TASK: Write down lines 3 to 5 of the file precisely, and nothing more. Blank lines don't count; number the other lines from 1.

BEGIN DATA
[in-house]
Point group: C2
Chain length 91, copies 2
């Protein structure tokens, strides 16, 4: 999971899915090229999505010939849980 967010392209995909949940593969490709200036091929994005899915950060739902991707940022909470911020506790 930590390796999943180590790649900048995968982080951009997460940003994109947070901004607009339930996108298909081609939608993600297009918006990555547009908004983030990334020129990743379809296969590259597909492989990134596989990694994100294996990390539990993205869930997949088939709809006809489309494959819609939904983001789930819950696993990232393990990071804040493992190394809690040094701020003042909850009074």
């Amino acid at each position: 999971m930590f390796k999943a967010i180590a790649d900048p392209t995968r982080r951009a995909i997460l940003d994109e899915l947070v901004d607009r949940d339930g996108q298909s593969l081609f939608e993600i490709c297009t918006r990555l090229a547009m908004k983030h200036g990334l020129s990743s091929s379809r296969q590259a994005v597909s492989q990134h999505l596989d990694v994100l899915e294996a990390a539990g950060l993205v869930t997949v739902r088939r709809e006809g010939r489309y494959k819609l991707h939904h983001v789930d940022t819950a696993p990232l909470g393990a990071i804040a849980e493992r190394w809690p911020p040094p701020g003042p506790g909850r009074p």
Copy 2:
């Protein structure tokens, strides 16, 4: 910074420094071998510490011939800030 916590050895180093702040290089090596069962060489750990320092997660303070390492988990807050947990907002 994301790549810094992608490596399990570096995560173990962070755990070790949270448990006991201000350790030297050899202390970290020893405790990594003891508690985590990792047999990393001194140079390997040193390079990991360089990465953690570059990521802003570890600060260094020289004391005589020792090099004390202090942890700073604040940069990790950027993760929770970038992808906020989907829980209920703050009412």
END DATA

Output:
Chain length 91, copies 2
């Protein structure tokens, strides 16, 4: 999971899915090229999505010939849980 967010392209995909949940593969490709200036091929994005899915950060739902991707940022909470911020506790 930590390796999943180590790649900048995968982080951009997460940003994109947070901004607009339930996108298909081609939608993600297009918006990555547009908004983030990334020129990743379809296969590259597909492989990134596989990694994100294996990390539990993205869930997949088939709809006809489309494959819609939904983001789930819950696993990232393990990071804040493992190394809690040094701020003042909850009074």
């Amino acid at each position: 999971m930590f390796k999943a967010i180590a790649d900048p392209t995968r982080r951009a995909i997460l940003d994109e899915l947070v901004d607009r949940d339930g996108q298909s593969l081609f939608e993600i490709c297009t918006r990555l090229a547009m908004k983030h200036g990334l020129s990743s091929s379809r296969q590259a994005v597909s492989q990134h999505l596989d990694v994100l899915e294996a990390a539990g950060l993205v869930t997949v739902r088939r709809e006809g010939r489309y494959k819609l991707h939904h983001v789930d940022t819950a696993p990232l909470g393990a990071i804040a849980e493992r190394w809690p911020p040094p701020g003042p506790g909850r009074p």